Economic development leaders in the South have launched a coordinated effort to expand nanotechnology research and development across the region. Paving the way for more advances is the new Southern Nanotechnology Network, which aims to leverage the resources of the region's universities, businesses, and economic development organizations. Partners include the Oak Ridge National Laboratory, eastern Tennessee's Technology 2020 project, and the Georgia Institute of Technology. The network has been charged with coordinating the sharing of research and equipment, as well as the creation of a venture capital fund for nanotechnology startups. It also hopes to launch a Southern Nanotechnology Institute.
Already, the South claims 20 of the nation's top 100 nanotechnology institutions, and four of the top 25. Examples are presented in the accompanying chart. However, as important as nanotechnology research is, there needs to be a greater public understanding of the field in order to build strong support for these kinds of initiatives, John Hardin, deputy director and chief policy analyst for the North Carolina Board of Science and Technology, told the Southern Nanotechnology Network at its inaugural meeting last October. "One of the most important things to do is to emphasize education of policymakers, the public, the business community, and the scientific community on issues related to nanotechnology."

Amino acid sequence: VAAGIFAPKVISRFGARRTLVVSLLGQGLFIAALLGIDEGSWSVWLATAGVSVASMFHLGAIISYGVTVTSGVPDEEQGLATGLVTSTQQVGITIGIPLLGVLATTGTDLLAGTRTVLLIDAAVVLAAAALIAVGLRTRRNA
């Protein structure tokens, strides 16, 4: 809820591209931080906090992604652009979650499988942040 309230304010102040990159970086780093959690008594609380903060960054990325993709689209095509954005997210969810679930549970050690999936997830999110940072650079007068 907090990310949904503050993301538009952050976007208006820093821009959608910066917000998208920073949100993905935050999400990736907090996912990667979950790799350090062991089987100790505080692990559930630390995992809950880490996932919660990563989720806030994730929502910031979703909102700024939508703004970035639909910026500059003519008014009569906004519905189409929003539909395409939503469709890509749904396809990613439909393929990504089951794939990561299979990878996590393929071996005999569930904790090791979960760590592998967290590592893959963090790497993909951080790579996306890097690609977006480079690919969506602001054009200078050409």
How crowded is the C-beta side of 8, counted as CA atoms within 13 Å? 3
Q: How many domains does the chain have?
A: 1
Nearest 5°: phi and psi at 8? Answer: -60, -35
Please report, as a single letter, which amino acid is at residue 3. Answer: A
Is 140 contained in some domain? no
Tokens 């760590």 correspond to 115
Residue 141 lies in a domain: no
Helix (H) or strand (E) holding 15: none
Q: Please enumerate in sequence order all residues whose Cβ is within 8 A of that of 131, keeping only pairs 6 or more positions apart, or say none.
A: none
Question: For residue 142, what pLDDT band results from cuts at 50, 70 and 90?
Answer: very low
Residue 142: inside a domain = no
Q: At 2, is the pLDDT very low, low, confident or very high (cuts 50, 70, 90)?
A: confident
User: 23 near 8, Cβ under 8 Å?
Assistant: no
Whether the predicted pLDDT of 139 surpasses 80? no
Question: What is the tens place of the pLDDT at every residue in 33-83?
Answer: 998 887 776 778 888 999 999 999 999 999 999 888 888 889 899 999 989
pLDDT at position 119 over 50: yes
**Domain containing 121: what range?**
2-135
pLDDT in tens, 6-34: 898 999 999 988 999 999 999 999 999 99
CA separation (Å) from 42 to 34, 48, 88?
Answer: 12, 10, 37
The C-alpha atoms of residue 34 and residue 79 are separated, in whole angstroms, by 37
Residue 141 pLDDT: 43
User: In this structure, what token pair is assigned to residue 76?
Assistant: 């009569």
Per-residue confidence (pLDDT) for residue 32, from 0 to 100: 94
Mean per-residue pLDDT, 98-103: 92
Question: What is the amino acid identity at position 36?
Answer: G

promises of biotechnology need little repetition here. Like regions
around the world, the South is aiming to build upon biotech successes
to create an atmosphere for more advances. The Southern Biotechnology
Initiative is one such effort, bringing together such partners as
Southeast BIO and BioSouth (formerly the Southern U.S. International